Little 11 year old Kareem Olamilekan who drew a portrait of the French President Emmanuel Macron in just two hours had it presented to him by host of the event, Banky W, alongside Lagos State Governor, Akinwunmi Ambode, upon his visit to late Fela Anikulapo Kuti’s Africa Shrine in Lagos. The French president was pleased that such work of genius could come from a preteen!
It has come to the notice of many that Nigeria has not put in much effort to develop promising talents for the advancement of society. While regarded as the most populous black nation, Nigeria is also known to produce very talented and intelligent individuals abroad. The world celebrates the likes of Aliyu Jelani, Dr Bennet Omalu, Chris Aire and a host of others for inventions, creativity and discovery. It is a pride to the nation and at the same time a loss to the nation as well that these intellectuals with potentials left the shores of the country in order to nurture their dreams overseas.
More embarrassing, in our opinion, is the fact that they willingly left Nigeria believing that only abroad in these developed countries can their dreams be fully achieved. This has become history as Jelani’s designs have become famous, Chris Aire’s jewels are Holly woods choiciest and Dr Omalu’s discovery of CTE, epic in contributing to the medical field.
We suggest that government should watch out and be keen on nurturing these prodigies and intellects at home by giving them the right enabling environment and receive the onus when their innovations are celebrated. This, we dare say, is better than standing in the shadows with a silent ovation, whispering claims to these successful individuals or, at worst, try to buy back a knowledge that would have freely been given had it been meticulously nurtured.
It is lamentable, in our view, that many of these talents have been buried under heaps of discouragement borne from non acceptance, an environment that is not viable to nurture and sponsor their inventions. And so they leave in their hundreds for greener pastures where they can turn their inventions and talents to reality, creating a vacuum in society which is not only felt by the individuals but also affect the entire nation.
In this era of diversification, talents that once nurtured to maturity can contribute towards areas such as technical knowledge and its transference, investment opportunities and development of infrastructure whose lack is presently a bane in society. Furthermore, discouraging these talents allows the knowledge to be shipped out of the country in hundreds. Developed economies motivate dreams of the many that arrive their lands, believing in the capabilities inherent in these beautiful minds. Institutions scramble to support the talented after seeing a future where their contributions would save entire economies, security sectors. Another such example of how nations advanced through beautifully talented minds is Dubai, a country which is a part of the United Arab Emirates. It began from a peoples dream, and was built from the scratch, today it is an international tourism gem. There are many other similar stories.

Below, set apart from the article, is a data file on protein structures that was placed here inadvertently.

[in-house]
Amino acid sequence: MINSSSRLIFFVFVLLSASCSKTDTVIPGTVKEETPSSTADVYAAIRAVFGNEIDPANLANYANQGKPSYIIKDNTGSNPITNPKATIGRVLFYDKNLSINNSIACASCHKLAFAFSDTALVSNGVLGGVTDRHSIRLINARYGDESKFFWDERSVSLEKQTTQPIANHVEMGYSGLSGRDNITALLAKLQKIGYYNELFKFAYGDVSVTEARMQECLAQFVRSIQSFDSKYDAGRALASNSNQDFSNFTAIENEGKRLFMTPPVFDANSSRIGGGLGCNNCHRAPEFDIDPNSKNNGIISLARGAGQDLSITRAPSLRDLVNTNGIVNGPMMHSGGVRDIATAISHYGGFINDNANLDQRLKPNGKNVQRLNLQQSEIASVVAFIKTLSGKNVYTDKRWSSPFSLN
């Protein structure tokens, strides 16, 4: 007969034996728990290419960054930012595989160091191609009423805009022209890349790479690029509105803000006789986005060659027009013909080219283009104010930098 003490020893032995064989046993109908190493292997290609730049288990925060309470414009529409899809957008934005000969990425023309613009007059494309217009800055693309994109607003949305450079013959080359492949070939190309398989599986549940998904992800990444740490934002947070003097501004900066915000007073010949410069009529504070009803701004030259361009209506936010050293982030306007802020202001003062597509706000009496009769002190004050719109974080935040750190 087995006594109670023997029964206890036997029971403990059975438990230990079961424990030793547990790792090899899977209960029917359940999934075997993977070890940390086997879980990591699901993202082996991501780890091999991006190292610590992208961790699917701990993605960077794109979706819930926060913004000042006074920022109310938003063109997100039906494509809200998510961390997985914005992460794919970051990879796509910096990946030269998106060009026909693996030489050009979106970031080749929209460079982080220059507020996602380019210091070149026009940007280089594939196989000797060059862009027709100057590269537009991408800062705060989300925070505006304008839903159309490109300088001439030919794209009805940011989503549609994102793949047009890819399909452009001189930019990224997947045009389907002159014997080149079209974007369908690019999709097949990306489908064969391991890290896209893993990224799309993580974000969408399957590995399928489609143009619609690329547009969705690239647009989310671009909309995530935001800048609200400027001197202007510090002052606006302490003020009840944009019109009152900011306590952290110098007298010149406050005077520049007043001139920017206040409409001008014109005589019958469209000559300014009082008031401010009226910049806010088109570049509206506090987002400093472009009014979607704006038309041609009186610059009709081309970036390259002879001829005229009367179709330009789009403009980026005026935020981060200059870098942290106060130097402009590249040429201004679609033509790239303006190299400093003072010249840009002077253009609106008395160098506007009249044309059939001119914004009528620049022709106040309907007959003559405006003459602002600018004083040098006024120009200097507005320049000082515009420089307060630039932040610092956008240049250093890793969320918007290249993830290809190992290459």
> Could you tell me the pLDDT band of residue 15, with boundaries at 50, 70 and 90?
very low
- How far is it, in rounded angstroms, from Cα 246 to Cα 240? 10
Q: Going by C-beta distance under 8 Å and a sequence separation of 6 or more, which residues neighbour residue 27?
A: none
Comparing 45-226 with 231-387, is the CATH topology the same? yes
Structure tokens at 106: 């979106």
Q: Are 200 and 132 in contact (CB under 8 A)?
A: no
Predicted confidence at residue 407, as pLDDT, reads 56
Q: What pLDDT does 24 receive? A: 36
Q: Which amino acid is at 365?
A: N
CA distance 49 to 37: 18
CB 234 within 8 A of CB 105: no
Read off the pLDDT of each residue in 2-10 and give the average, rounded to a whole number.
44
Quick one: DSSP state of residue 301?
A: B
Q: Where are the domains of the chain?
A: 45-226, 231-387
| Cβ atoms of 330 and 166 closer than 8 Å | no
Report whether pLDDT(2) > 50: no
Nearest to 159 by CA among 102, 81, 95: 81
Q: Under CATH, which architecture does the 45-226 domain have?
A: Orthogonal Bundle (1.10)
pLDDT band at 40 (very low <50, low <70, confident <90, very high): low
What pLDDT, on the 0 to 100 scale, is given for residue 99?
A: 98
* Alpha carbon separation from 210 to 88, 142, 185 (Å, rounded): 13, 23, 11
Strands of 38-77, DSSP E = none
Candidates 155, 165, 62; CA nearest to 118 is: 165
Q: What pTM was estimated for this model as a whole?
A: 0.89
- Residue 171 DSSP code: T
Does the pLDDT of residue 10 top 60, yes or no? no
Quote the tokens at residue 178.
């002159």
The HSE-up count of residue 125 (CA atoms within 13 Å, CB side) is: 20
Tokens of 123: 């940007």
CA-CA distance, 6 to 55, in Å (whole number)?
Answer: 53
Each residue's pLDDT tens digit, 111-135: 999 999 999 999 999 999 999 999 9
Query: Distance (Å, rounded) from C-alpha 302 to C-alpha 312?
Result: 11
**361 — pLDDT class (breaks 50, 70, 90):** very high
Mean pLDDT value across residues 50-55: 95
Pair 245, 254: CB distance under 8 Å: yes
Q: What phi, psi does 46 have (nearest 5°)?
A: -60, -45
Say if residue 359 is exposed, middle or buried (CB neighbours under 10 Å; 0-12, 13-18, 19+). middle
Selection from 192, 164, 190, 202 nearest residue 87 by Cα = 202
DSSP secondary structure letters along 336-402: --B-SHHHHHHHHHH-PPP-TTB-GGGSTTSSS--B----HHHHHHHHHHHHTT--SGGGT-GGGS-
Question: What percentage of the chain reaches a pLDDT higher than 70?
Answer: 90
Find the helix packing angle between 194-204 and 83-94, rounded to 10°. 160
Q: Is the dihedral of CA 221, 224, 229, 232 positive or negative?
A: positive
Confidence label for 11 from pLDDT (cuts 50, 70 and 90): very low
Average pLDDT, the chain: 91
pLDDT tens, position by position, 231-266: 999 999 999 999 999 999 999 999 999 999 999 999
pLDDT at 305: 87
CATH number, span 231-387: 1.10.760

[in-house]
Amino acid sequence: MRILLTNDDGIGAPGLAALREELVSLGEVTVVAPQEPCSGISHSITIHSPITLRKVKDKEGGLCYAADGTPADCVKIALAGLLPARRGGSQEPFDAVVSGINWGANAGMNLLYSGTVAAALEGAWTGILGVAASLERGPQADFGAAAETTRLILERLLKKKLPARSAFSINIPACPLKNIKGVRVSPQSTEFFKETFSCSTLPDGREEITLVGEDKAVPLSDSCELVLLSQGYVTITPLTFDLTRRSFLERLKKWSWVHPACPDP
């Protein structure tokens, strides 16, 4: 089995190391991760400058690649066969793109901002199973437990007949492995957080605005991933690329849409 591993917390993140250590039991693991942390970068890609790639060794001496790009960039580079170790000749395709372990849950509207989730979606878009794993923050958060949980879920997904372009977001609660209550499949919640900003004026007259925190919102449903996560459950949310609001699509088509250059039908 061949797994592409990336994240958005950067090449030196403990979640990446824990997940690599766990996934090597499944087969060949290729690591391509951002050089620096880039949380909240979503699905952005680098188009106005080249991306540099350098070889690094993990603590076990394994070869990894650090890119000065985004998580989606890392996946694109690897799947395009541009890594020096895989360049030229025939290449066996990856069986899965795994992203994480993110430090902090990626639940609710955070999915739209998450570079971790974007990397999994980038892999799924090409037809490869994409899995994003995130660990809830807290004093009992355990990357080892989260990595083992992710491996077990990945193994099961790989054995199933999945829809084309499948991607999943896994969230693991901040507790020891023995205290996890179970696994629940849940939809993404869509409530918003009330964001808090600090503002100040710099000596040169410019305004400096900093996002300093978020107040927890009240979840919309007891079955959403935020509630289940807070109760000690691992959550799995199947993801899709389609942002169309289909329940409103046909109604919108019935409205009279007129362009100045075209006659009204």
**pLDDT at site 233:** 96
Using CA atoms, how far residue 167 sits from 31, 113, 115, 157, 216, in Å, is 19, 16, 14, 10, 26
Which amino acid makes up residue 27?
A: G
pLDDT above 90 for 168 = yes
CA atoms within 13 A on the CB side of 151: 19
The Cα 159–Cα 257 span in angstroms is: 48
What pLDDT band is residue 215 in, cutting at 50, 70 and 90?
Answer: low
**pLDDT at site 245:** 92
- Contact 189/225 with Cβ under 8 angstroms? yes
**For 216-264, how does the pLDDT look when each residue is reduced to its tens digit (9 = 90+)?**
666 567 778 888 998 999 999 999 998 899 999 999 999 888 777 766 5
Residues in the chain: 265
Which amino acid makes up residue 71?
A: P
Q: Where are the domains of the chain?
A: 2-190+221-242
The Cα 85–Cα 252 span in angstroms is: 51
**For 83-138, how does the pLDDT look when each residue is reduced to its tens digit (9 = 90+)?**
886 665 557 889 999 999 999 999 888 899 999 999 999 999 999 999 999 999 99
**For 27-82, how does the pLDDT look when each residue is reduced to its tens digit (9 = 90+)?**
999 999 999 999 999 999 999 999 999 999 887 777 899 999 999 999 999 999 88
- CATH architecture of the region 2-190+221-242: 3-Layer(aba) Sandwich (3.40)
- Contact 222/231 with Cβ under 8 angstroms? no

With enabling environments, adequate inspirations and resources, innovators can thrive knowing that hard work will be rewarded with success, and dreams achieved. Countries that have tapped into this are advancing technologically and becoming more civilized.
There are reports of a boy from the Northern part of the country who built a helicopter and the other that built a drone that was testdriven at the Ministry of Science and Technology headquarters here in Abuja. What has become of of them? If the government does not nip this issue in the bud, many more like Aliyu Jelani, will leave the country in droves.
Nigeria’s Federal Ministry of Science and Technology, is in a position to encourage such young innovators. However, the nation is yet to feel the full impact of this ministry.
The official duties of the ministry as stated on its website is to facilitate the development and deployment of science, technology and Innovation to enhance the pace of socio-economic development of the country. Another platform that is supposed to encourage young innovators in Nigeria is the Young Innovators of Nigeria (YIN) established in 2013 from the NITDA Knowledge Hub for young Innovators initiative which resides in the Corporate Strategy and Research Department.
The NITDA has been said to fund all initiatives of YIN and has also offered YIN various platforms to showcase their activities and products in several forums. There are a few known others that support young talents. Nigeria must begin to pay attention and encourage its young innovators so that talents such as little Kareem would not be nurtured abroad. We recommend that awareness of many such platforms is needed to help those who have no knowledge of them. Perhaps from here we can, in our own little way, bring to reality dreams of the mythical ‘Wakanda,’ from the bestselling Black Panther movie, of a highly technologically advanced African nation.
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